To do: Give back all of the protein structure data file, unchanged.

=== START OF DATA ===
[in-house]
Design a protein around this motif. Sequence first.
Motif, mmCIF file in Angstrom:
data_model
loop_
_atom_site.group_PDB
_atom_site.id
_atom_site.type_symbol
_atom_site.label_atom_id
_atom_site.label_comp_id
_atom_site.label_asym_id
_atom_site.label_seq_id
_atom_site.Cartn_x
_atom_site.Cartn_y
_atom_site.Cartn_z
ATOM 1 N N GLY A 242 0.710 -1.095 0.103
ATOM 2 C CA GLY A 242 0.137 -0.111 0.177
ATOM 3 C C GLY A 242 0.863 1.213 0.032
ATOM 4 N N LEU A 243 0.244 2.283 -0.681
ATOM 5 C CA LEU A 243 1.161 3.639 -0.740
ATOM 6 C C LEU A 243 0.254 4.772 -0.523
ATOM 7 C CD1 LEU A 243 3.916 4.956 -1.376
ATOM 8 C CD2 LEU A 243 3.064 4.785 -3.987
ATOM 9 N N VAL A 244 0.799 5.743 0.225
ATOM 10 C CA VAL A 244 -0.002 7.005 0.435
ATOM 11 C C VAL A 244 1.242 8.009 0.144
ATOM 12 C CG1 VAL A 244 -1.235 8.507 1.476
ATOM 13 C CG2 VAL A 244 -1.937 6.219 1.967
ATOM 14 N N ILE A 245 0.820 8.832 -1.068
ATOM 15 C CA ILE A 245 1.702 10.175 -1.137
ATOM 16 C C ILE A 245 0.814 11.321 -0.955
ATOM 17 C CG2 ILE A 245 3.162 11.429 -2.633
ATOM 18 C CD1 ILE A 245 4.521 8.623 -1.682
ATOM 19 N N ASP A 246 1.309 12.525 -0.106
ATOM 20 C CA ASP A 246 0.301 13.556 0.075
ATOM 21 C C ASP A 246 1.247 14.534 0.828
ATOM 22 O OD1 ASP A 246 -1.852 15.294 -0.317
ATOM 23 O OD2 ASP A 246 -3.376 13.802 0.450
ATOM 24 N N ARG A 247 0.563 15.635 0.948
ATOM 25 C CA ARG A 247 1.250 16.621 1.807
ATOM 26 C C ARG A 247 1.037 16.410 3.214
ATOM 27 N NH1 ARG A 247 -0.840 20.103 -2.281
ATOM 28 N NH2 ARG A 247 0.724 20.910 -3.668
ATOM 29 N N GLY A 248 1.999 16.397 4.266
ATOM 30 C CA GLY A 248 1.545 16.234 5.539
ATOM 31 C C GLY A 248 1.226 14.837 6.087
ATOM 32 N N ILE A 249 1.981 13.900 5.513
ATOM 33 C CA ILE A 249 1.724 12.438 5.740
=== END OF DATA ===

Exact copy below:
[in-house]
Design a protein around this motif. Sequence first.
Motif, mmCIF file in Angstrom:
data_model
loop_
_atom_site.group_PDB
_atom_site.id
_atom_site.type_symbol
_atom_site.label_atom_id
_atom_site.label_comp_id
_atom_site.label_asym_id
_atom_site.label_seq_id
_atom_site.Cartn_x
_atom_site.Cartn_y
_atom_site.Cartn_z
ATOM 1 N N GLY A 242 0.710 -1.095 0.103
ATOM 2 C CA GLY A 242 0.137 -0.111 0.177
ATOM 3 C C GLY A 242 0.863 1.213 0.032
ATOM 4 N N LEU A 243 0.244 2.283 -0.681
ATOM 5 C CA LEU A 243 1.161 3.639 -0.740
ATOM 6 C C LEU A 243 0.254 4.772 -0.523
ATOM 7 C CD1 LEU A 243 3.916 4.956 -1.376
ATOM 8 C CD2 LEU A 243 3.064 4.785 -3.987
ATOM 9 N N VAL A 244 0.799 5.743 0.225
ATOM 10 C CA VAL A 244 -0.002 7.005 0.435
ATOM 11 C C VAL A 244 1.242 8.009 0.144
ATOM 12 C CG1 VAL A 244 -1.235 8.507 1.476
ATOM 13 C CG2 VAL A 244 -1.937 6.219 1.967
ATOM 14 N N ILE A 245 0.820 8.832 -1.068
ATOM 15 C CA ILE A 245 1.702 10.175 -1.137
ATOM 16 C C ILE A 245 0.814 11.321 -0.955
ATOM 17 C CG2 ILE A 245 3.162 11.429 -2.633
ATOM 18 C CD1 ILE A 245 4.521 8.623 -1.682
ATOM 19 N N ASP A 246 1.309 12.525 -0.106
ATOM 20 C CA ASP A 246 0.301 13.556 0.075
ATOM 21 C C ASP A 246 1.247 14.534 0.828
ATOM 22 O OD1 ASP A 246 -1.852 15.294 -0.317
ATOM 23 O OD2 ASP A 246 -3.376 13.802 0.450
ATOM 24 N N ARG A 247 0.563 15.635 0.948
ATOM 25 C CA ARG A 247 1.250 16.621 1.807
ATOM 26 C C ARG A 247 1.037 16.410 3.214
ATOM 27 N NH1 ARG A 247 -0.840 20.103 -2.281
ATOM 28 N NH2 ARG A 247 0.724 20.910 -3.668
ATOM 29 N N GLY A 248 1.999 16.397 4.266
ATOM 30 C CA GLY A 248 1.545 16.234 5.539
ATOM 31 C C GLY A 248 1.226 14.837 6.087
ATOM 32 N N ILE A 249 1.981 13.900 5.513
ATOM 33 C CA ILE A 249 1.724 12.438 5.740